Jeff Fuentes Gleghorn
People in Michigan are moving to defend access to abortion in the Great Lakes State. In May of this year, Politico released a draft opinion showing that members of the Supreme Court of the United States are planning to overturn Roe v Wade, a landmark case that called abortion a constitutional right. Michigan is one of 26 states that has an existing law banning abortion that will go into immediate effect if Roe v Wade is overturned. Michigan’s law, passed in 1931, would make having or providing an abortion a felony. It does not make exceptions for rape or incest, and only allows for an abortion to “preserve the life of” the woman.
As previously reported, “according to a study from 2020, 75 percent of Michiganders believe that abortion should remain legal. Perhaps surprisingly, over half of Republican voters agree that abortion should remain legal in Michigan as well, making this a bipartisan issue.” This broad support for the right to choose is playing out across the state today.
On May 3, just one day after Politico leaked the draft opinion, hundreds of protestors gathered outside the Michigan Capitol. Protestors expressed concern over losing access to abortion, or even how the leaked ruling might affect other rights.
Michigan doctors have also expressed concern over the vague wording of the law, wondering what will count as “preserving the life” of a woman. In an interview with NPR, Dr. Lisa Harris asked whether a 20 or 30 percent chance of death was high enough, or if it would need to be higher. She also questioned what might happen if a pregnant person was diagnosed with cancer, and needed to begin chemotherapy immediately. “There’s not an imminent risk of dying, but there might be a risk of dying years later if they didn’t have chemotherapy…immediately. So these are the kind of situations doctors are wondering about,” Dr. Harris said.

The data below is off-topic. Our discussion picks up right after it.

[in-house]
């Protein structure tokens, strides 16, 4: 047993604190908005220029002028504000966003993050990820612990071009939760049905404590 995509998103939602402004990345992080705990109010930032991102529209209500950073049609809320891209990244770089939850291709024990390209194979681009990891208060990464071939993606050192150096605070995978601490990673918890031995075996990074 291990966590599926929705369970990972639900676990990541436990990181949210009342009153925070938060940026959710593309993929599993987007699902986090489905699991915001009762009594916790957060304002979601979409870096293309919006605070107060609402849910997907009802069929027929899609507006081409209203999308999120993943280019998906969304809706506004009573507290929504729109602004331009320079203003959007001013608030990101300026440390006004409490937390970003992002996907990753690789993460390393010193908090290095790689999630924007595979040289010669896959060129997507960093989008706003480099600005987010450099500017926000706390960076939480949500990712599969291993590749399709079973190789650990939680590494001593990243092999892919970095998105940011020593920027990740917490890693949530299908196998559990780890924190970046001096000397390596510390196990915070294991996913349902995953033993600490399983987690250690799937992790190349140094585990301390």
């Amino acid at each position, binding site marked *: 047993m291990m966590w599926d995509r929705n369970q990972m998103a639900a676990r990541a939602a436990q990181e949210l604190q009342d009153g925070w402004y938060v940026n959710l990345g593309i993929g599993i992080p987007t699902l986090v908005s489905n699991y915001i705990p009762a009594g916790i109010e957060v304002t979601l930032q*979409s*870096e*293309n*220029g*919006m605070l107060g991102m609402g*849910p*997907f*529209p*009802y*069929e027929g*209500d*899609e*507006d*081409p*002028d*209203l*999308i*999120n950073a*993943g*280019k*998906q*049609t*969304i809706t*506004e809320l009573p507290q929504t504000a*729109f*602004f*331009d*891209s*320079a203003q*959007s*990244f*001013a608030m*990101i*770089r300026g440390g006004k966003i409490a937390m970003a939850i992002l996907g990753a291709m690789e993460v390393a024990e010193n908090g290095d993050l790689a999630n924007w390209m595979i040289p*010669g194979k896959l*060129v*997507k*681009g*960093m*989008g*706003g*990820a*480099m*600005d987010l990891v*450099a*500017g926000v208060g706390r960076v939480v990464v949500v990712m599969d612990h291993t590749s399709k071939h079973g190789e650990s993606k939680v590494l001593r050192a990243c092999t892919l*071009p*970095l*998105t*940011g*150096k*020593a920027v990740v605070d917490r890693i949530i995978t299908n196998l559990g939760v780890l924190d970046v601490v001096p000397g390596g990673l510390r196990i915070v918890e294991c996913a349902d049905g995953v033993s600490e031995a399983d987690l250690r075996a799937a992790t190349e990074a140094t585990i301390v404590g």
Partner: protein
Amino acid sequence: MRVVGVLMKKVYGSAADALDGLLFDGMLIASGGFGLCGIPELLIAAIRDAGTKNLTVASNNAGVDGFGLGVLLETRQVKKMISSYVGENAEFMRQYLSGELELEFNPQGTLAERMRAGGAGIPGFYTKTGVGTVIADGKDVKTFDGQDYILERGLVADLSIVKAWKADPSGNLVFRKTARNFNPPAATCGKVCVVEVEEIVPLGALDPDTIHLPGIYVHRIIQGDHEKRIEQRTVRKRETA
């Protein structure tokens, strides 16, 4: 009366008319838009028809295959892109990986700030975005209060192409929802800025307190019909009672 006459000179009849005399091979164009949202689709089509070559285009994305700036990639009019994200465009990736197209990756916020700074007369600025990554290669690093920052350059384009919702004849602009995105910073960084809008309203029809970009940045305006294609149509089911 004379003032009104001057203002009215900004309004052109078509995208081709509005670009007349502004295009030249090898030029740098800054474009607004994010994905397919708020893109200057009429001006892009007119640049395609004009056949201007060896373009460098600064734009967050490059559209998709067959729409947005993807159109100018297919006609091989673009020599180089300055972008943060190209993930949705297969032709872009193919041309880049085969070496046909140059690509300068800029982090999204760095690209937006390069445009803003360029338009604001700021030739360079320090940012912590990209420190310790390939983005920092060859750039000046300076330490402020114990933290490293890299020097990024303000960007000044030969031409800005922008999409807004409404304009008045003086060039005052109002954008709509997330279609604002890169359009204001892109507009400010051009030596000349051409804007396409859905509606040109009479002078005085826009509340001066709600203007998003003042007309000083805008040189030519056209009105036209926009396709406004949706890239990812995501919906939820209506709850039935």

Governor Whitmer is already moving to protect abortion rights in Michigan. She is suing 13 county prosecutors to stop them from enforcing the 1931 abortion ban, and is using a Michigan specific power called “executive message” to ask the Michigan Supreme Court to immediately take the case. Governor Whitmer hopes that the Michigan Supreme Court will say the 1931 law violates the state constitution.
In addition, the American Civil Liberties Union (ACLU) of Michigan filed their own lawsuit asking the courts to stop the Michigan Attorney General and all county prosecutors from enforcing the 1931 law. The ACLU argues that the 90-year-old law violates the rights of Michigan residents of liberty, bodily integrity, equal protection, and to privacy.
The ACLU has also partnered with Reproductive Freedom for All to collect signatures for a ballot proposal to amend the Michigan State Constitution. The proposal would change the Michigan Constitution to make access to abortion a fundamental right, and prevent political interference in decisions about abortion, birth control, prenatal care, and childbirth. Reproductive Freedom for All has reported a significant surge in signatures following the Politico leak. They also announced that over 25,000 Michiganders had volunteered to assist with getting signatures for the proposal, which could be on the ballot this November if they meet the signature requirements.